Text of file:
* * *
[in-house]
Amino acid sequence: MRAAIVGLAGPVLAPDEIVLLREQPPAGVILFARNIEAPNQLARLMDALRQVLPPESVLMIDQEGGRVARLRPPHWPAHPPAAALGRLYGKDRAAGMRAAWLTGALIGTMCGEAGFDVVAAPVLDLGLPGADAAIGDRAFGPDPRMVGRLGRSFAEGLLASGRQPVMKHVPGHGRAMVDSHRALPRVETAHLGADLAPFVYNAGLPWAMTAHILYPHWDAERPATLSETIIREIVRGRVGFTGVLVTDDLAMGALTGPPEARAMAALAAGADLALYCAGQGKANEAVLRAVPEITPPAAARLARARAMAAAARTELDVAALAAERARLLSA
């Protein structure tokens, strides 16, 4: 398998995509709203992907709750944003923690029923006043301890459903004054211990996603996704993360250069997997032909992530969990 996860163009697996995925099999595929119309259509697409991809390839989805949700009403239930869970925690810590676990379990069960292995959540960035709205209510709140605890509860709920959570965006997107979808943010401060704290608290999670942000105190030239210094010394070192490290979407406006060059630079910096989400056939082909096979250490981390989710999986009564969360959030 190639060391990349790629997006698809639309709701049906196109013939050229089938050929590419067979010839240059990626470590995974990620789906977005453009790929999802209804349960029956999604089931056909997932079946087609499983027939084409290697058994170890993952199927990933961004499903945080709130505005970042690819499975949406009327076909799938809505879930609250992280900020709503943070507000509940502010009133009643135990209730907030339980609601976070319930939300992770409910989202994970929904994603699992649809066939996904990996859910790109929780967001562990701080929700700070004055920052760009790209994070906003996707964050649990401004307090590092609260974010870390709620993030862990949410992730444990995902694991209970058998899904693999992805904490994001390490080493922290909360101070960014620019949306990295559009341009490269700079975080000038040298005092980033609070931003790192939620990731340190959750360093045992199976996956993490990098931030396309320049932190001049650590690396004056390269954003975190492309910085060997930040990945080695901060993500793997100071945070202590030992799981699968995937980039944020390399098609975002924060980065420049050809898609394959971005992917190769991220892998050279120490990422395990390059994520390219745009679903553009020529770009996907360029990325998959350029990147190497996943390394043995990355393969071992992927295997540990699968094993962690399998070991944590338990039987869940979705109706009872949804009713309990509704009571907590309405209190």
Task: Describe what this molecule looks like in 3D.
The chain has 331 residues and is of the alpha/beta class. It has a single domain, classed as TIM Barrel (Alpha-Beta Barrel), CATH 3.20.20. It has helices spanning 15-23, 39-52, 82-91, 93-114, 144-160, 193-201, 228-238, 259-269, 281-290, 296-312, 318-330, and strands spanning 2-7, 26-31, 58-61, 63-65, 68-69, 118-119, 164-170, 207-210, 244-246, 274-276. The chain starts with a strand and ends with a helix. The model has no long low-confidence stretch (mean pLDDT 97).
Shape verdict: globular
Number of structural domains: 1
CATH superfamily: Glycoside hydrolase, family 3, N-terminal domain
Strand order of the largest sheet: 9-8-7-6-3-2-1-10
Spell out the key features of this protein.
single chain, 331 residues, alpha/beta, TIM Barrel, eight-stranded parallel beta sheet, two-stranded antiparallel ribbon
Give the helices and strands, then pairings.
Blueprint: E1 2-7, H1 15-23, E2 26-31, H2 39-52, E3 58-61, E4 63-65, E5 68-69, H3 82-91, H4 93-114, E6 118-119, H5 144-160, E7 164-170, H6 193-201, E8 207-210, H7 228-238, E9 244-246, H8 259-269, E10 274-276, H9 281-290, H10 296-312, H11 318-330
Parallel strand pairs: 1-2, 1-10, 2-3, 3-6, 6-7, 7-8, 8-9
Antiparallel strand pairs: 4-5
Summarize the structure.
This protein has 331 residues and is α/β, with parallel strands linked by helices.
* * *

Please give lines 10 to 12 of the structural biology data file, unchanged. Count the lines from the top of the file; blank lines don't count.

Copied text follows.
Spell out the key features of this protein.
single chain, 331 residues, alpha/beta, TIM Barrel, eight-stranded parallel beta sheet, two-stranded antiparallel ribbon
Give the helices and strands, then pairings.